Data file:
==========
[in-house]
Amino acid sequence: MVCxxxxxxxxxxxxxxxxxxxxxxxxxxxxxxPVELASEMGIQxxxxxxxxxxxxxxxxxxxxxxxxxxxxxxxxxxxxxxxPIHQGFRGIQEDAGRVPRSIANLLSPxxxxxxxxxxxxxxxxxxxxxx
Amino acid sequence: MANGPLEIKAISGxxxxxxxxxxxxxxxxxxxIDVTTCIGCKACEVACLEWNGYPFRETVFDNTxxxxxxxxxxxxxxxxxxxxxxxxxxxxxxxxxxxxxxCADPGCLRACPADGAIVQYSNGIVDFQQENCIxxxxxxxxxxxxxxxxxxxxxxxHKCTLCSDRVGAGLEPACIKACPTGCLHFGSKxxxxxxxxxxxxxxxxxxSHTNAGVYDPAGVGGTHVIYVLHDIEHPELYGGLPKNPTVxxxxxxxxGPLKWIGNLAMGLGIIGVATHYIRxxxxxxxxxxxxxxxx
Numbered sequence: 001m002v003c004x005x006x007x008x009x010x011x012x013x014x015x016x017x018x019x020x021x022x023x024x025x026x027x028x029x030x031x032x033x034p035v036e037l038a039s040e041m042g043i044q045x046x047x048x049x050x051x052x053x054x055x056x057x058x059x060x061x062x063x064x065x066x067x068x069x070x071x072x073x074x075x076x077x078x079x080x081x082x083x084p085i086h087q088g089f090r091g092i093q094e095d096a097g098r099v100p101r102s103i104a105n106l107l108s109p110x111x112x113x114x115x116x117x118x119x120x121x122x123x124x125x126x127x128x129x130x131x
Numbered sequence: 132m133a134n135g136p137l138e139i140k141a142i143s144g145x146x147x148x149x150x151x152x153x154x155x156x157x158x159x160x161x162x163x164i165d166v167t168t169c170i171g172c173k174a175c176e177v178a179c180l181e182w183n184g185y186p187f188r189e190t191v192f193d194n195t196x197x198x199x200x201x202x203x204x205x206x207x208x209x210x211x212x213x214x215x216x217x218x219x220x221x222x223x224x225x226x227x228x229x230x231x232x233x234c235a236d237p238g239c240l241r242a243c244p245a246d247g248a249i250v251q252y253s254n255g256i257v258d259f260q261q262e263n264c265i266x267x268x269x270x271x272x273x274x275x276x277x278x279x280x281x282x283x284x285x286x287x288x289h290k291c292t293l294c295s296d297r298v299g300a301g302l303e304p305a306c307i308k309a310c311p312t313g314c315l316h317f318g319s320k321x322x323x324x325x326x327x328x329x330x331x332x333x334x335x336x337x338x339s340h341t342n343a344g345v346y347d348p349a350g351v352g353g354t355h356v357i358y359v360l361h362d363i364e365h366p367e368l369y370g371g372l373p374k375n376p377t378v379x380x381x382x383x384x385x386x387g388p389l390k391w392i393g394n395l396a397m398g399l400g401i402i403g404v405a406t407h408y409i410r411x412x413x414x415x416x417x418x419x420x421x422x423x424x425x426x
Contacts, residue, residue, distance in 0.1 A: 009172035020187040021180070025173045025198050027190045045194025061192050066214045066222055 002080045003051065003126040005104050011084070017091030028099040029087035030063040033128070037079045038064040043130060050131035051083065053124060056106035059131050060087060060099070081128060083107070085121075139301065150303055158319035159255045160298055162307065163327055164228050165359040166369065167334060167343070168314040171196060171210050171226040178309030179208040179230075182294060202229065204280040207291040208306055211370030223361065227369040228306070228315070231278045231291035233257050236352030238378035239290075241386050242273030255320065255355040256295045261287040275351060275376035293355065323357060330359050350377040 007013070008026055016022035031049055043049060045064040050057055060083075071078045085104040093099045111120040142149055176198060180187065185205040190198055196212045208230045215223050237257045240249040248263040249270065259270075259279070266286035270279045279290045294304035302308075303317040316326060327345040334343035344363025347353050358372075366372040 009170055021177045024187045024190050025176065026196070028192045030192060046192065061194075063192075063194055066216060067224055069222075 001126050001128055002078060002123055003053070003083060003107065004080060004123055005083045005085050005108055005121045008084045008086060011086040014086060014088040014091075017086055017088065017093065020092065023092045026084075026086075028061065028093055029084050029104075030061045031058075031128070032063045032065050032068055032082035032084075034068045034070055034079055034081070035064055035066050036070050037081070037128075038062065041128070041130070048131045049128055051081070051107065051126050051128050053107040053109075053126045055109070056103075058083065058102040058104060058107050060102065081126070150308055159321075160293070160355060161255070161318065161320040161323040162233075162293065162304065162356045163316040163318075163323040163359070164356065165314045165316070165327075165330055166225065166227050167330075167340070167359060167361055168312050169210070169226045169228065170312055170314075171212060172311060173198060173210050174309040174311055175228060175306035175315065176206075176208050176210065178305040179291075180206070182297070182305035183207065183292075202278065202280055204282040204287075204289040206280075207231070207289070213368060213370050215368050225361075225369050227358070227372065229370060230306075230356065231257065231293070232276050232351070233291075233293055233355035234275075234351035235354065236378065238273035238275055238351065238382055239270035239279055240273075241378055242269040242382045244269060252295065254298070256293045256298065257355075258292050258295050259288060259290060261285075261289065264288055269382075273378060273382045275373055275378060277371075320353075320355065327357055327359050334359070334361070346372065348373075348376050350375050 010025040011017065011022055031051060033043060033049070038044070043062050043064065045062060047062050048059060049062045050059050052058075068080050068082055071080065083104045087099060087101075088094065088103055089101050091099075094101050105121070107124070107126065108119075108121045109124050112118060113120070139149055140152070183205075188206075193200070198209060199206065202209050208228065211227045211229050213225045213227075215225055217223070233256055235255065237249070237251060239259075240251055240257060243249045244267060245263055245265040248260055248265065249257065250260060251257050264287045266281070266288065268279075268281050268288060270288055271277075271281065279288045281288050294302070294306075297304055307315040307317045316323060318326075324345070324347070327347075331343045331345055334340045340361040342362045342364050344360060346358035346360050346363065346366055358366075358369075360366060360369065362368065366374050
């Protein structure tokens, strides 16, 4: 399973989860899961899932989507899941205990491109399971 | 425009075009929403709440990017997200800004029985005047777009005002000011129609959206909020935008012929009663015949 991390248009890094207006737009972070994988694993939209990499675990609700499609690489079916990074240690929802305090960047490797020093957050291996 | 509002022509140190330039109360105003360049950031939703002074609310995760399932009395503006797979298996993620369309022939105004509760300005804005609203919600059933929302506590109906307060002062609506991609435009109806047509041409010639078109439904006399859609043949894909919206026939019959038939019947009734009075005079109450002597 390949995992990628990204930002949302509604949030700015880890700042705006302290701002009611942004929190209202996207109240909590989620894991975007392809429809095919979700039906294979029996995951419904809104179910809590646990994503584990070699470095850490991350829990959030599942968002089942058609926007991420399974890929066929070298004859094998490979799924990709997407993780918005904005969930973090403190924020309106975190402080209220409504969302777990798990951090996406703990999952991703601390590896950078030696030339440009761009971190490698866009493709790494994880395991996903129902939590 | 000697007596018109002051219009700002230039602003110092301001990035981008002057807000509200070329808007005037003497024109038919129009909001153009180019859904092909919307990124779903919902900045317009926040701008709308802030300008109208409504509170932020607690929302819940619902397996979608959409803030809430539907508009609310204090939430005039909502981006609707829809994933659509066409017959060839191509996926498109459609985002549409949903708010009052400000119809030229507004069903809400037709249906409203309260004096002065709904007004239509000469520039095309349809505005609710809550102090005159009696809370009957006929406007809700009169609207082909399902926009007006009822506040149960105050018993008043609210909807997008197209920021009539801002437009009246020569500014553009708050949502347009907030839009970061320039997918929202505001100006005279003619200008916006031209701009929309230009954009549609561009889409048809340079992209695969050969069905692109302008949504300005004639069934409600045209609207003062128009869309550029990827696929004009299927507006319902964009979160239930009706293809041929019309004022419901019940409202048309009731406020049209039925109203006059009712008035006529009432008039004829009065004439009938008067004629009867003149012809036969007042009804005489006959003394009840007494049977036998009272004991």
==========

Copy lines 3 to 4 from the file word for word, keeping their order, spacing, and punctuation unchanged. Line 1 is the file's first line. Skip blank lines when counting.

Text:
Amino acid sequence: MANGPLEIKAISGxxxxxxxxxxxxxxxxxxxIDVTTCIGCKACEVACLEWNGYPFRETVFDNTxxxxxxxxxxxxxxxxxxxxxxxxxxxxxxxxxxxxxxCADPGCLRACPADGAIVQYSNGIVDFQQENCIxxxxxxxxxxxxxxxxxxxxxxxHKCTLCSDRVGAGLEPACIKACPTGCLHFGSKxxxxxxxxxxxxxxxxxxSHTNAGVYDPAGVGGTHVIYVLHDIEHPELYGGLPKNPTVxxxxxxxxGPLKWIGNLAMGLGIIGVATHYIRxxxxxxxxxxxxxxxx
Numbered sequence: 001m002v003c004x005x006x007x008x009x010x011x012x013x014x015x016x017x018x019x020x021x022x023x024x025x026x027x028x029x030x031x032x033x034p035v036e037l038a039s040e041m042g043i044q045x046x047x048x049x050x051x052x053x054x055x056x057x058x059x060x061x062x063x064x065x066x067x068x069x070x071x072x073x074x075x076x077x078x079x080x081x082x083x084p085i086h087q088g089f090r091g092i093q094e095d096a097g098r099v100p101r102s103i104a105n106l107l108s109p110x111x112x113x114x115x116x117x118x119x120x121x122x123x124x125x126x127x128x129x130x131x